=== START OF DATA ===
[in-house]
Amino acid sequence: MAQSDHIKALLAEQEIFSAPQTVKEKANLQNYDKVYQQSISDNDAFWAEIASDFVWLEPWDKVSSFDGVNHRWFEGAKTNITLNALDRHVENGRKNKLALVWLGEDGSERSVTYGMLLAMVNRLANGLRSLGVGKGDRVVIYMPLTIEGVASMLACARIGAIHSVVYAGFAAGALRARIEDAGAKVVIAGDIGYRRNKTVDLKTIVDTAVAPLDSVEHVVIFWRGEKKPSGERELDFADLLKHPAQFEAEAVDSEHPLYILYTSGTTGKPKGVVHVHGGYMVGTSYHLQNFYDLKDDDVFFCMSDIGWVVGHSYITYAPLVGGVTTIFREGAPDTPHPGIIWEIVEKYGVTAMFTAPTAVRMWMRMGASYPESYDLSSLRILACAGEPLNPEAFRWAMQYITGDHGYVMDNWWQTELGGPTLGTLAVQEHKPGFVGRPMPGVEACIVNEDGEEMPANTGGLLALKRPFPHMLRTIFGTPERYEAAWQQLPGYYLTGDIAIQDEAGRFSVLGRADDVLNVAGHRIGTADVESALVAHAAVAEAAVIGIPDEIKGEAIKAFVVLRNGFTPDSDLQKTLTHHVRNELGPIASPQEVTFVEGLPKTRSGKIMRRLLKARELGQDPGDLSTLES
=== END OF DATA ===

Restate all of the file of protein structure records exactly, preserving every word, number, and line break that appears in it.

[in-house]
Amino acid sequence: MAQSDHIKALLAEQEIFSAPQTVKEKANLQNYDKVYQQSISDNDAFWAEIASDFVWLEPWDKVSSFDGVNHRWFEGAKTNITLNALDRHVENGRKNKLALVWLGEDGSERSVTYGMLLAMVNRLANGLRSLGVGKGDRVVIYMPLTIEGVASMLACARIGAIHSVVYAGFAAGALRARIEDAGAKVVIAGDIGYRRNKTVDLKTIVDTAVAPLDSVEHVVIFWRGEKKPSGERELDFADLLKHPAQFEAEAVDSEHPLYILYTSGTTGKPKGVVHVHGGYMVGTSYHLQNFYDLKDDDVFFCMSDIGWVVGHSYITYAPLVGGVTTIFREGAPDTPHPGIIWEIVEKYGVTAMFTAPTAVRMWMRMGASYPESYDLSSLRILACAGEPLNPEAFRWAMQYITGDHGYVMDNWWQTELGGPTLGTLAVQEHKPGFVGRPMPGVEACIVNEDGEEMPANTGGLLALKRPFPHMLRTIFGTPERYEAAWQQLPGYYLTGDIAIQDEAGRFSVLGRADDVLNVAGHRIGTADVESALVAHAAVAEAAVIGIPDEIKGEAIKAFVVLRNGFTPDSDLQKTLTHHVRNELGPIASPQEVTFVEGLPKTRSGKIMRRLLKARELGQDPGDLSTLES